- While some medical professionals have spoken out against Scott Moe’s plan to eliminate the need for vaccines by the end of February, the business community in Saskatchewan is more optimistic.
- According to Bence, the industry has had a difficult time in general, whether due to Omicron, a severe cold, or the requirement for proof of vaccination.
While some medical professionals have spoken out against Scott Moe’s plan to eliminate vaccine necessities by the end of February, some views in Saskatchewan’s business sector are more optimistic, even if some questions remain.
In October 2021, the province implemented a proof of immunization or negative test mandate, requiring non-essential establishments such as bars, concert venues, and movie theatres to confirm patrons for their COVID-19 immunization status.
According to Jim Bence, the president and CEO of Hospitality Saskatchewan, the end of the policy might be welcome news for the industry.
“It’s been extremely difficult ever since the policy was implemented,” Bence said.
“That would be among the measures that could be lifted, and I believe it would encourage individuals to go out and spend money again. That is exactly what we require right now.”
According to Bence, the industry has had a difficult time in general, whether it’s because of Omicron, the severe cold, or the proof of vaccination requirement.
“We’re severely understaffed,” he admitted. “We’d be able to have another hand on deck as a result of this.”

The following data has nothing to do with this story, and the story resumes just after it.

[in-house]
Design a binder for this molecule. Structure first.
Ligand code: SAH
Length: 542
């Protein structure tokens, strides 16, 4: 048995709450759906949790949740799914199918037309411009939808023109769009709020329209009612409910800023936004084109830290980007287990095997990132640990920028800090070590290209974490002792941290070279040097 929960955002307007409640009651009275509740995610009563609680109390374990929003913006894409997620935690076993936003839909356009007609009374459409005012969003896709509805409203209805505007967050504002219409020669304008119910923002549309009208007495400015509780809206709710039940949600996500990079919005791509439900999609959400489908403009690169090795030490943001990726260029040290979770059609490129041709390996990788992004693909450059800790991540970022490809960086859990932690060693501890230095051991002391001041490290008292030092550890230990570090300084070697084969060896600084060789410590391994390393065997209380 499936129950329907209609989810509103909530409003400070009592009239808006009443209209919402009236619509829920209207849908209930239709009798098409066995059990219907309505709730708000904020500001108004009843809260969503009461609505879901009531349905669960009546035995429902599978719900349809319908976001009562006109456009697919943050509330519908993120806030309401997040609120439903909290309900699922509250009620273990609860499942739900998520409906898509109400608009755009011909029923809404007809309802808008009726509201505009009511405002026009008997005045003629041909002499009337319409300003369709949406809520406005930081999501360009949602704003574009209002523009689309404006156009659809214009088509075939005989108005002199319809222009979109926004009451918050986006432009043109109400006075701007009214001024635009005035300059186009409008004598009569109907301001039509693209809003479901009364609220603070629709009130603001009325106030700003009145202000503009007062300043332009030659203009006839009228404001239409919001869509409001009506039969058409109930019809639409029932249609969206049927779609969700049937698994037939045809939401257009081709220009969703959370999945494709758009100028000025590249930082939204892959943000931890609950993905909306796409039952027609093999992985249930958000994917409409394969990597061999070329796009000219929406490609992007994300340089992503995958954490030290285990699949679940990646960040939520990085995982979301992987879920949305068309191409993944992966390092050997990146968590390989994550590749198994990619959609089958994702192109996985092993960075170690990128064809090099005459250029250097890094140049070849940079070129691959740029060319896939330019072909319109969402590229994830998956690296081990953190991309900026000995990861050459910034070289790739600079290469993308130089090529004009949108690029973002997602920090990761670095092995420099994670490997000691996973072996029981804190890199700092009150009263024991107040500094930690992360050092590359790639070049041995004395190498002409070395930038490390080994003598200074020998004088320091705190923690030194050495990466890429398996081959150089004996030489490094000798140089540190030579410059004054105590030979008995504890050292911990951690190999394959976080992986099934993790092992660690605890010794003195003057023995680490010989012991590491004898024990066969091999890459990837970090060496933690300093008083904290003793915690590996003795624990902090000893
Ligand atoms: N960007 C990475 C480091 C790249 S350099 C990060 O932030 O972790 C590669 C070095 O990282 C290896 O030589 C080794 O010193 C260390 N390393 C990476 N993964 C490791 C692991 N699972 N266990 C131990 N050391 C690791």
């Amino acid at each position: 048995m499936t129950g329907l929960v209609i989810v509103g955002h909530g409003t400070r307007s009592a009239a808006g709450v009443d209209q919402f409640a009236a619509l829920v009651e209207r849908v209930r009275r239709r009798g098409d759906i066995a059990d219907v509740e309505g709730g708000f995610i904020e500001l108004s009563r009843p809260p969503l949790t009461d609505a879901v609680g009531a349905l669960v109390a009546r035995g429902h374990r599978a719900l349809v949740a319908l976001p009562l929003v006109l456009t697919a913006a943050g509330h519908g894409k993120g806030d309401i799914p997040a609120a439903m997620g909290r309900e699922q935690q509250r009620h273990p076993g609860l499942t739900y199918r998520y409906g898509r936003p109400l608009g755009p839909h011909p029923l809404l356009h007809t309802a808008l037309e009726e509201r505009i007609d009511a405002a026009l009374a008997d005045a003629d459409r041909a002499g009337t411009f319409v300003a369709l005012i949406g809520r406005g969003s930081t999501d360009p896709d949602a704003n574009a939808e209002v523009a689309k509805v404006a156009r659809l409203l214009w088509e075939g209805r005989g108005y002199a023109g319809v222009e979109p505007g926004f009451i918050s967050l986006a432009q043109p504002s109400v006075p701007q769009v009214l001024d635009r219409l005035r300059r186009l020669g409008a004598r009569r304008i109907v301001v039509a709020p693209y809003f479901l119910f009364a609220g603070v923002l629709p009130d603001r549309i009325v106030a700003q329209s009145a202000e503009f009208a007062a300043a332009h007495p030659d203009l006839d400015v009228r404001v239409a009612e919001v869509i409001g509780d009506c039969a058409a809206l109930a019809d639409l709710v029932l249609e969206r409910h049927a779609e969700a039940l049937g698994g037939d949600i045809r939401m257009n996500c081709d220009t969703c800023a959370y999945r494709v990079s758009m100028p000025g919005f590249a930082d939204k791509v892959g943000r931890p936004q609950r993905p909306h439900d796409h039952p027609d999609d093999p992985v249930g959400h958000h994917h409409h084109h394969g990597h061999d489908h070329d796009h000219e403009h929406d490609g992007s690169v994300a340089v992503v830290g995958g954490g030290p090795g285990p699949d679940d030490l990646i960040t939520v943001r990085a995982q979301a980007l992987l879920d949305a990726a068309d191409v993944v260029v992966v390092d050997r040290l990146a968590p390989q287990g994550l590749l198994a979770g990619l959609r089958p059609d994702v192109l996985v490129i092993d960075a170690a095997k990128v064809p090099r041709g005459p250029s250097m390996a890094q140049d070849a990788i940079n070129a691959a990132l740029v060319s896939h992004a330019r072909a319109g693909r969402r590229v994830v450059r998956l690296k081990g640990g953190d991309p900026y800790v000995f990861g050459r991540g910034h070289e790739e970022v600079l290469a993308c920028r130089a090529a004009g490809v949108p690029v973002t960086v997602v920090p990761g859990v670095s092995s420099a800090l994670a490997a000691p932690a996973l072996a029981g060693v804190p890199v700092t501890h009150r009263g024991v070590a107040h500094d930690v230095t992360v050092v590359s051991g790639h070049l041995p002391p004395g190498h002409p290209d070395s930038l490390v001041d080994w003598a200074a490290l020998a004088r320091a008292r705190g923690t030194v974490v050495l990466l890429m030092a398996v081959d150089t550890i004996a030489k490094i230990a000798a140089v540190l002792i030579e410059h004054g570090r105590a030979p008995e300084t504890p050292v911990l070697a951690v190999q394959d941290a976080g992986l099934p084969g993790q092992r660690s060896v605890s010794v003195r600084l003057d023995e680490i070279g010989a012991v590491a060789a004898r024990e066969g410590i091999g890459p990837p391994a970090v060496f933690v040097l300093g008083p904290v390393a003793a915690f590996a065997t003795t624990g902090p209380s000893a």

According to him, the end of the policy is not a topic at Saskatoon restaurant owners’ pubs.
The end of the mandate hasn’t been a topic among staff or customers at the Rook and Raven and the Yard and Flagon in Saskatoon, according to the co-owner of the Rook and Raven and the Yard and Flagon.
The teams at the two pubs, according to Arno Oldach, never had any issues with people who were not vaccinated attempting to enter.
Working with the rules has “become second nature,” he said.
“Nobody has mentioned that it will be a relief. I haven’t heard anyone express concern about people who haven’t been vaccinated.”
When the provincial vaccine requirement program began in 2021, Oldach spoke with CBC. He stated that business had slowed slightly since the rules went into effect.
Oldach said that he is unsure whether dropping the policy shortly will be a good or bad thing.
He explained, “I’m not a specialist; I’m just a bar owner.” “I think everyone is just exhausted.”
He predicted that the policy would be phased out at some point.
Oldach said he would like to see people come out and support local businesses, but he understands residents’ concerns about going out during the Omicron wave.
Source: CBC New